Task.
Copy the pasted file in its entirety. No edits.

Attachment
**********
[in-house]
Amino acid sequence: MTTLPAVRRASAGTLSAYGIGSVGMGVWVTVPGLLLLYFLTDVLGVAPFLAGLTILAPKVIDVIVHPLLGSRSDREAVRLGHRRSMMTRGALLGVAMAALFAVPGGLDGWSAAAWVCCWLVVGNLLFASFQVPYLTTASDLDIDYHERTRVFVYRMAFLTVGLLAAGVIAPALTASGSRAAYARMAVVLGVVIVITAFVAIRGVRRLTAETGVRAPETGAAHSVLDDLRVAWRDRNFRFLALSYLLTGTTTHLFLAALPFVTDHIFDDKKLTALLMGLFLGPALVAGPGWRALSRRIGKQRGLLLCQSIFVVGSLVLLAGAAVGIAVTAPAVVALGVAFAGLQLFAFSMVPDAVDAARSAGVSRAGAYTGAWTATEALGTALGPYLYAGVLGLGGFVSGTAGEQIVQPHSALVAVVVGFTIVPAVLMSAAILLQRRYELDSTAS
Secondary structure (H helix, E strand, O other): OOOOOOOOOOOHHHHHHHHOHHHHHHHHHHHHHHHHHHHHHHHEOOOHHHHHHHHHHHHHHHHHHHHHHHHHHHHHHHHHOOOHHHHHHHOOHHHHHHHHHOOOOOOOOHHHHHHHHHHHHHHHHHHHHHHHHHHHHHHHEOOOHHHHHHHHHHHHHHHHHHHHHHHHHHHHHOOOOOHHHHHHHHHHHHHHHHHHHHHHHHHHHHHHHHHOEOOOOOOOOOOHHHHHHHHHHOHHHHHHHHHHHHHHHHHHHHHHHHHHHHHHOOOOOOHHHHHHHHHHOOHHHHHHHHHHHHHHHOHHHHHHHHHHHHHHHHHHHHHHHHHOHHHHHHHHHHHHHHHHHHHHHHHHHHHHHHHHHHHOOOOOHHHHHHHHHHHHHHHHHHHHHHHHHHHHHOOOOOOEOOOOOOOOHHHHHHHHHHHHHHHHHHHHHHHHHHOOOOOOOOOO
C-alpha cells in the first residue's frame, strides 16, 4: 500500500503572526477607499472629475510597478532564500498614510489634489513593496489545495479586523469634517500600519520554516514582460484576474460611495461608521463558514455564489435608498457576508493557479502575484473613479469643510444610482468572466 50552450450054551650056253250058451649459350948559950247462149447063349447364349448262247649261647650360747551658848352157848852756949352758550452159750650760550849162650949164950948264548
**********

[in-house]
Amino acid sequence: MTTLPAVRRASAGTLSAYGIGSVGMGVWVTVPGLLLLYFLTDVLGVAPFLAGLTILAPKVIDVIVHPLLGSRSDREAVRLGHRRSMMTRGALLGVAMAALFAVPGGLDGWSAAAWVCCWLVVGNLLFASFQVPYLTTASDLDIDYHERTRVFVYRMAFLTVGLLAAGVIAPALTASGSRAAYARMAVVLGVVIVITAFVAIRGVRRLTAETGVRAPETGAAHSVLDDLRVAWRDRNFRFLALSYLLTGTTTHLFLAALPFVTDHIFDDKKLTALLMGLFLGPALVAGPGWRALSRRIGKQRGLLLCQSIFVVGSLVLLAGAAVGIAVTAPAVVALGVAFAGLQLFAFSMVPDAVDAARSAGVSRAGAYTGAWTATEALGTALGPYLYAGVLGLGGFVSGTAGEQIVQPHSALVAVVVGFTIVPAVLMSAAILLQRRYELDSTAS
Secondary structure (H helix, E strand, O other): OOOOOOOOOOOHHHHHHHHOHHHHHHHHHHHHHHHHHHHHHHHEOOOHHHHHHHHHHHHHHHHHHHHHHHHHHHHHHHHHOOOHHHHHHHOOHHHHHHHHHOOOOOOOOHHHHHHHHHHHHHHHHHHHHHHHHHHHHHHHEOOOHHHHHHHHHHHHHHHHHHHHHHHHHHHHHOOOOOHHHHHHHHHHHHHHHHHHHHHHHHHHHHHHHHHOEOOOOOOOOOOHHHHHHHHHHOHHHHHHHHHHHHHHHHHHHHHHHHHHHHHHOOOOOOHHHHHHHHHHOOHHHHHHHHHHHHHHHOHHHHHHHHHHHHHHHHHHHHHHHHHOHHHHHHHHHHHHHHHHHHHHHHHHHHHHHHHHHHHOOOOOHHHHHHHHHHHHHHHHHHHHHHHHHHHHHOOOOOOEOOOOOOOOHHHHHHHHHHHHHHHHHHHHHHHHHHOOOOOOOOOO
C-alpha cells in the first residue's frame, strides 16, 4: 500500500503572526477607499472629475510597478532564500498614510489634489513593496489545495479586523469634517500600519520554516514582460484576474460611495461608521463558514455564489435608498457576508493557479502575484473613479469643510444610482468572466 50552450450054551650056253250058451649459350948559950247462149447063349447364349448262247649261647650360747551658848352157848852756949352758550452159750650760550849162650949164950948264548